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Sustainable Investing

20 December 2021

Three Forces Accelerating Sustainable Investing

a green mountain coast

Since 2018, increasing demand for sustainable investing has seen ESG (Environmental, Social, Governance) funds grow 10-fold. Investors are not only interested in the financial outcome of an investment decision, but also the impact it has in shaping the world. ESG funds encompass these forms of non-financial metrics when considering an investment decision.

There are three driving ‘forces’ that play a role behind the acceleration towards sustainable investments:

1. Investor demand

Today consumers are ‘voting with their dollar’, demanding more sustainable products with a willingness to pay a premium for them. We see this with the likes of sustainable packaging, plant-based food and eco-friendly fashion (hello Allbirds). And companies are responding, altering what they sell and how it is produced and distributed. This same voting is now being seen with how we invest and grow our hard earned dollars.

A Morgan Stanley survey found that 85% of the general population and 95% of millennials are interested in sustainable investing.

Importantly, we are now seeing an investment in sustainable funds as a way to enhance and protect long term returns. Gone are the days of an assumed sacrifice of returns in exchange for your moral conscience.

A 2020 survey by Schroders, of over 23,000 investors globally, found that environmental impact and higher returns are the main attraction to sustainable funds. While almost half surveyed selected sustainable investment for their environmental impact, another 42% made the decision as they are more likely to offer higher returns.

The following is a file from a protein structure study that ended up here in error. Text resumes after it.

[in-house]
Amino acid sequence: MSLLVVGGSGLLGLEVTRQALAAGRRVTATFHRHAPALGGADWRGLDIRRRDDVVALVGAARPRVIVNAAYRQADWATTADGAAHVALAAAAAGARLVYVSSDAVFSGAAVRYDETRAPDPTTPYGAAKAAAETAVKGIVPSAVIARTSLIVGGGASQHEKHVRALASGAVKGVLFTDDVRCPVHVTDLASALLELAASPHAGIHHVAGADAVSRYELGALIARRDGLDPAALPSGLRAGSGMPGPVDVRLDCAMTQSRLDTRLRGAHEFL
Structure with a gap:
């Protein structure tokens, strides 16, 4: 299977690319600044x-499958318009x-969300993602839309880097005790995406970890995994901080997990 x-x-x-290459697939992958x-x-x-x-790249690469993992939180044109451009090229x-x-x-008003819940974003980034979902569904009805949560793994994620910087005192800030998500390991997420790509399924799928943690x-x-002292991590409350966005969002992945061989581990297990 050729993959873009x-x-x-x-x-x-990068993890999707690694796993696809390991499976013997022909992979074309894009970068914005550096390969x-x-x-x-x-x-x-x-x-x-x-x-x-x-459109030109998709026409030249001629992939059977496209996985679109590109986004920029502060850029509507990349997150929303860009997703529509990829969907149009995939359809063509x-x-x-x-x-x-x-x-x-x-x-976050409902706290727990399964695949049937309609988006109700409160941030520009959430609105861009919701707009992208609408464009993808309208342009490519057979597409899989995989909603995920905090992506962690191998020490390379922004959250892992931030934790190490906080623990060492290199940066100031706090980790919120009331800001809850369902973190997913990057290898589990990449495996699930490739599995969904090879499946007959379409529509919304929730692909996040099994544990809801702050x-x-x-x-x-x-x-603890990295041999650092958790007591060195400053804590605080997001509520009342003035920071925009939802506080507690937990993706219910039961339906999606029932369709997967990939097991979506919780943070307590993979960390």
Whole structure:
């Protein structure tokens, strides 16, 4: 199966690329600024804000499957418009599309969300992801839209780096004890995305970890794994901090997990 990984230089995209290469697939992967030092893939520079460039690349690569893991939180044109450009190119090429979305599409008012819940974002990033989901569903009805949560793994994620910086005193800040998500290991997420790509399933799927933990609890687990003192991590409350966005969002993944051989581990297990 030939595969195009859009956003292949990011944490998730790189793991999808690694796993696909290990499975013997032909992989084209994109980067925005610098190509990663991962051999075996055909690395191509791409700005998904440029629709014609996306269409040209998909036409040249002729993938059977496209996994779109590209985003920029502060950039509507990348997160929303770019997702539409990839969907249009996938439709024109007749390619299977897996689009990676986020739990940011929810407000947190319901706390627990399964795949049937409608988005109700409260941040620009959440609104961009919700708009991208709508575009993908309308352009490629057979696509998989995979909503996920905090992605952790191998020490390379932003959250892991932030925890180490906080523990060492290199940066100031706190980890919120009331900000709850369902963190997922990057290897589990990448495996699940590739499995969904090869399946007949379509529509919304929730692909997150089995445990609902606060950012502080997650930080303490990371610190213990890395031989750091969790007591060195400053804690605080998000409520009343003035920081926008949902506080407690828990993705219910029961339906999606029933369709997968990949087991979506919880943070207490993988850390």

This is a critical tipping point.

It is easy to respond to surveys saying we will invest ethically. However, when it comes to investing your hard-earned dollar, the attraction of the product itself still needs to deliver.

Looking at the electric vehicle (EV) sector we see the importance of product design in fuelling demand. A mere decade ago, the idea of shifting to an entirely electrified vehicle fleet seemed far-fetched. However, in the last few years, every leading vehicle manufacturer has released or is releasing a pure EV vehicle line. This has also meant increased performance, lower prices and attractive design has seen EV sales reach new heights.

Did you know: In New Zealand new car sales in September ’21 showed the Tesla Model 3 outsold the iconic Toyota Hilux, accounting for 9% sales.

But what better example of changing consumer demand than looking at the Ford F-Series. Ford’s gas guzzling F-150 and its larger siblings was America’s top-selling pickup for 39 straight years. Next year the F-series goes full electric, with the release of the F-150 Lighting. Early interest, including a much-publicised test drive by President Biden, has seen Ford double its planned production by 2024.

“For both Ford and the American auto industry, F-150 Lightning represents a defining moment as we progress toward a zero-emissions, digitally connected future…Now we are revolutionizing it for a new generation.”

– Bill Ford, Ford Chairman

With investors now selecting sustainable investments due to the product itself and their potential of higher performance, we are at the tipping point where high survey responses start to result in real world action.

2. Data & Insights

As investor demand for sustainable investment options grow, the demand for ESG data providers has also grown exponentially. Data from both business and ESG research has paved a way for navigating the ESG investment landscape.